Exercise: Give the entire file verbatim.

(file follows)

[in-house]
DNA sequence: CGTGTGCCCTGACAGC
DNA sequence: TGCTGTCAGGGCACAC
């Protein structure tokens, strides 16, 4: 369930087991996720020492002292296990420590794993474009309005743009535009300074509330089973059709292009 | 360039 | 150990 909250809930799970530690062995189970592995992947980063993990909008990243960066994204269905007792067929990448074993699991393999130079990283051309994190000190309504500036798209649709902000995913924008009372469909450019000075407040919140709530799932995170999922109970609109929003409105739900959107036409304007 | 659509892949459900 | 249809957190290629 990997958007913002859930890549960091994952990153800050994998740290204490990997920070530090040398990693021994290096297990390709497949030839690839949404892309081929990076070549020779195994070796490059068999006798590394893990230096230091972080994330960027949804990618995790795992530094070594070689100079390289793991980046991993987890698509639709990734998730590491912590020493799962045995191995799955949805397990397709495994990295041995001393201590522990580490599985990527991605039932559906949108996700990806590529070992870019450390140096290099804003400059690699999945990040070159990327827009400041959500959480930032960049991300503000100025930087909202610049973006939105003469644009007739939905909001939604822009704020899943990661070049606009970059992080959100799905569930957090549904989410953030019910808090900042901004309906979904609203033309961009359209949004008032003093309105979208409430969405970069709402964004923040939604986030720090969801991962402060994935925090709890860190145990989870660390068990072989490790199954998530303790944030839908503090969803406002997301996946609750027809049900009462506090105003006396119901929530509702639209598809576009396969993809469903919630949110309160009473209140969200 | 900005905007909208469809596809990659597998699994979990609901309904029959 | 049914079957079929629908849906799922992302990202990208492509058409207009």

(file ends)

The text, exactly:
[in-house]
DNA sequence: CGTGTGCCCTGACAGC
DNA sequence: TGCTGTCAGGGCACAC
């Protein structure tokens, strides 16, 4: 369930087991996720020492002292296990420590794993474009309005743009535009300074509330089973059709292009 | 360039 | 150990 909250809930799970530690062995189970592995992947980063993990909008990243960066994204269905007792067929990448074993699991393999130079990283051309994190000190309504500036798209649709902000995913924008009372469909450019000075407040919140709530799932995170999922109970609109929003409105739900959107036409304007 | 659509892949459900 | 249809957190290629 990997958007913002859930890549960091994952990153800050994998740290204490990997920070530090040398990693021994290096297990390709497949030839690839949404892309081929990076070549020779195994070796490059068999006798590394893990230096230091972080994330960027949804990618995790795992530094070594070689100079390289793991980046991993987890698509639709990734998730590491912590020493799962045995191995799955949805397990397709495994990295041995001393201590522990580490599985990527991605039932559906949108996700990806590529070992870019450390140096290099804003400059690699999945990040070159990327827009400041959500959480930032960049991300503000100025930087909202610049973006939105003469644009007739939905909001939604822009704020899943990661070049606009970059992080959100799905569930957090549904989410953030019910808090900042901004309906979904609203033309961009359209949004008032003093309105979208409430969405970069709402964004923040939604986030720090969801991962402060994935925090709890860190145990989870660390068990072989490790199954998530303790944030839908503090969803406002997301996946609750027809049900009462506090105003006396119901929530509702639209598809576009396969993809469903919630949110309160009473209140969200 | 900005905007909208469809596809990659597998699994979990609901309904029959 | 049914079957079929629908849906799922992302990202990208492509058409207009």